With party vote split, what will happen next?


The Labour Party is like Baldrick from Blackadder. They have a Cunning Plan.

Not content with having won elections in Whitstable for the past 30 years, next year they’ve decided to lose one instead.

The deselection of our two sitting Labour councillors raises all sorts of interesting questions.

According to Labour Party rules, it seems, it is perfectly OK for nine activists sitting in the back room of the Labour Club to overturn the democratic decision of the more than 900 people who each voted for Phil Cartwright and John Wratten in 2011.

Which is fair enough maybe. You join a club and you abide by its rules. If the Labour Party rule book allows this to happen, who are we to argue?

But the next question is: was it wise? Was it intelligent? Did it make any political sense whatsoever?

Apparently the invitation to attend the meeting went out to all relevant members. So, when only nine people turned up, didn’t anyone flag it up as perhaps a little bit inappropriate to go ahead?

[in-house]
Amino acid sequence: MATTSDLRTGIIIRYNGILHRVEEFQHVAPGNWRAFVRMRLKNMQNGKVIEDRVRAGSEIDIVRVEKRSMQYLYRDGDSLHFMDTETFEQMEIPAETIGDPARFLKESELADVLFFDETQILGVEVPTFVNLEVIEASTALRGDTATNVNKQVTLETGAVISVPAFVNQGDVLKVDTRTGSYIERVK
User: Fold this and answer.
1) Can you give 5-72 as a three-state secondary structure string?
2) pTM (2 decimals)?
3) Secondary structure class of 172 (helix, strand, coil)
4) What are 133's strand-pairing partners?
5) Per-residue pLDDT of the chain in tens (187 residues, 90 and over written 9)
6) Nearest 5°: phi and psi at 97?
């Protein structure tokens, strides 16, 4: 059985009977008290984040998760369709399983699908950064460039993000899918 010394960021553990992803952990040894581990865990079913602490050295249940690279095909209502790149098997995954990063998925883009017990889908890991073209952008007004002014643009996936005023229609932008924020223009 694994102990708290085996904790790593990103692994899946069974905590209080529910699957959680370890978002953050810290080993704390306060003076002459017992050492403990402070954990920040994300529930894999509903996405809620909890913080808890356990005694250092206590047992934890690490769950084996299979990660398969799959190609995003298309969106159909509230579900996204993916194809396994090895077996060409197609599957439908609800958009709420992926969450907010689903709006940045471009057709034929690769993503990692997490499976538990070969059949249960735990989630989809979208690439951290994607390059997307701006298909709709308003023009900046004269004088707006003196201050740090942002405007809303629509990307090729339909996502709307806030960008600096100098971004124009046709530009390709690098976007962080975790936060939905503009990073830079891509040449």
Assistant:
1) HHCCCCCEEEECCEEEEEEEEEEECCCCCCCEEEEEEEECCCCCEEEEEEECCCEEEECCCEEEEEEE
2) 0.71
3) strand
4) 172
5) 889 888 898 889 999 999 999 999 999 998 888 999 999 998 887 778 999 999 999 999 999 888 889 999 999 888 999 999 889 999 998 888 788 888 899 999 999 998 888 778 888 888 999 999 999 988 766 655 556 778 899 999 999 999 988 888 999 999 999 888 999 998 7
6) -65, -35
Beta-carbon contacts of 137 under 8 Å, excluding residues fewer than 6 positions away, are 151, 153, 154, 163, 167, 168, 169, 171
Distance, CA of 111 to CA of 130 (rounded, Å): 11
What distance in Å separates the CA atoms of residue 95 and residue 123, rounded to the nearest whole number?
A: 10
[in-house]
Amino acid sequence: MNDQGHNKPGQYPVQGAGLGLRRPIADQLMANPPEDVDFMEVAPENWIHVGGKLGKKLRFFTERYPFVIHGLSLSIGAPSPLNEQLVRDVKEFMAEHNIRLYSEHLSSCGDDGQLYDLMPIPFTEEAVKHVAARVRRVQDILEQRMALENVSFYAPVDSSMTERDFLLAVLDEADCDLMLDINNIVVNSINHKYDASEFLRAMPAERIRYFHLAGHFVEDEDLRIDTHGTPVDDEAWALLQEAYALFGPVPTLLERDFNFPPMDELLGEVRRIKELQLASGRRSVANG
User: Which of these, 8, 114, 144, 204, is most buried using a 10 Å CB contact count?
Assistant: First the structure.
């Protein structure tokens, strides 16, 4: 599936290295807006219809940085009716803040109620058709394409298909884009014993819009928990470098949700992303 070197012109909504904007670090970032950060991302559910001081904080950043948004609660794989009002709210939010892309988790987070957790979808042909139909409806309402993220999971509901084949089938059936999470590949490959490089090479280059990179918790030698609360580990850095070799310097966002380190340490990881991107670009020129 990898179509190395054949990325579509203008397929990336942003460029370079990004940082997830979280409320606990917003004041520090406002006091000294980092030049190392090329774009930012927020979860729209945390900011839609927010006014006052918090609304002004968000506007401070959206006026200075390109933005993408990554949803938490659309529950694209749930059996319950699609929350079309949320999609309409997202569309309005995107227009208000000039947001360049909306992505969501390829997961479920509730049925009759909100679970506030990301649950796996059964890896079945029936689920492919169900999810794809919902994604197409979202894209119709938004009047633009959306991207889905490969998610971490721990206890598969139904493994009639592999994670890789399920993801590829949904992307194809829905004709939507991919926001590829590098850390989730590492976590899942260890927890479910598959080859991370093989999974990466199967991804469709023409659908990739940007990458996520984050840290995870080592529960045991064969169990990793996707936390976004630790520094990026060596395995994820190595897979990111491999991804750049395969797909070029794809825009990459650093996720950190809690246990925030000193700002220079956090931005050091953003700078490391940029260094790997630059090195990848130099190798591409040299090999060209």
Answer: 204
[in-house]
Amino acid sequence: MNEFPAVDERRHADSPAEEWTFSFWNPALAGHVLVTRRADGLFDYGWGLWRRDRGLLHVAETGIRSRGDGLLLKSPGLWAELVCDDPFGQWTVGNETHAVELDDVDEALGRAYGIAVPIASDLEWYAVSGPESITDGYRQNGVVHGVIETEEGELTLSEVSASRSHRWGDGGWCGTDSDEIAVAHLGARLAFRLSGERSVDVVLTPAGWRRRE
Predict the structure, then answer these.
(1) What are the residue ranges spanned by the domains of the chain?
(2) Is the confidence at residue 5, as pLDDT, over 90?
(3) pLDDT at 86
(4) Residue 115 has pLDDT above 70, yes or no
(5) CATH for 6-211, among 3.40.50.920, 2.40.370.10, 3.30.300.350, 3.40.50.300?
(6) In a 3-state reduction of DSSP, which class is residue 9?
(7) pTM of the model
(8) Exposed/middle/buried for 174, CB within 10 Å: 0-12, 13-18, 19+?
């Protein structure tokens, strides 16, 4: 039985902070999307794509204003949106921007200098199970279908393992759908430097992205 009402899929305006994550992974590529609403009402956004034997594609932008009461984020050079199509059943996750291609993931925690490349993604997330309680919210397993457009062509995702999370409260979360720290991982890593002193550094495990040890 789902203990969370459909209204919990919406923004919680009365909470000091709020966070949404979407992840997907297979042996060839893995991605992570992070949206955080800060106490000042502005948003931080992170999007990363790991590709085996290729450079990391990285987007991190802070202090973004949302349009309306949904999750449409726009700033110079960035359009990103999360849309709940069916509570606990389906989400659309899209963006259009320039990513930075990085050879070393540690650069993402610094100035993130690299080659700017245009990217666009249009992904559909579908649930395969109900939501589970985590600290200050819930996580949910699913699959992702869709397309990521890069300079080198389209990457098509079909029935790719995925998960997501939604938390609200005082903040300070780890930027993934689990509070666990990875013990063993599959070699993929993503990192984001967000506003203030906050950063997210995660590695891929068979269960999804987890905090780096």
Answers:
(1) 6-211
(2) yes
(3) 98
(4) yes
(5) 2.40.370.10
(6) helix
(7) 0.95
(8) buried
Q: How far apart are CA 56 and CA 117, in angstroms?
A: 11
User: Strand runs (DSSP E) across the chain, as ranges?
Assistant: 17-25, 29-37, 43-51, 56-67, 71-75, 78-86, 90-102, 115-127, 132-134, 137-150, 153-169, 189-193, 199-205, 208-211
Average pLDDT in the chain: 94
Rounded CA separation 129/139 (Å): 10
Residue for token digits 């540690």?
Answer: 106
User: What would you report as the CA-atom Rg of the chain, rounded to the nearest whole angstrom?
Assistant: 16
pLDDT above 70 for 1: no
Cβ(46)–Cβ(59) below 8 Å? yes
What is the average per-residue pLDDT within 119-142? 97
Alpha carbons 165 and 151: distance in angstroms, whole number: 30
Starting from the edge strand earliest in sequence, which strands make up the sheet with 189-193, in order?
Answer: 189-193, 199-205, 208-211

At that point it turned into a lottery. It no longer reflected the mood of the wider public. It came down to the particular preoccupations of the nine people sitting in that room.

Now here’s the odd thing. I’m a Labour Party man myself. I know these people. Some of them I count as friends.

I have no doubt that most of them would have voted in good conscience, but when I spoke to one of them a few days ago, I was told that no one expected John and Phil to take umbrage with the decision, let alone to resign the whip and to stand against the Labour Party at the next election.

This is the bit that really astounds me: this complete lack of emotional intelligence, as if the sitting councillors would have lain back after this massive insult and not wanted to turn to the wider electorate, the people who voted them into office, for their opinion.

Which leaves the rest of us stranded. With the Labour vote split, who knows what will happen next?

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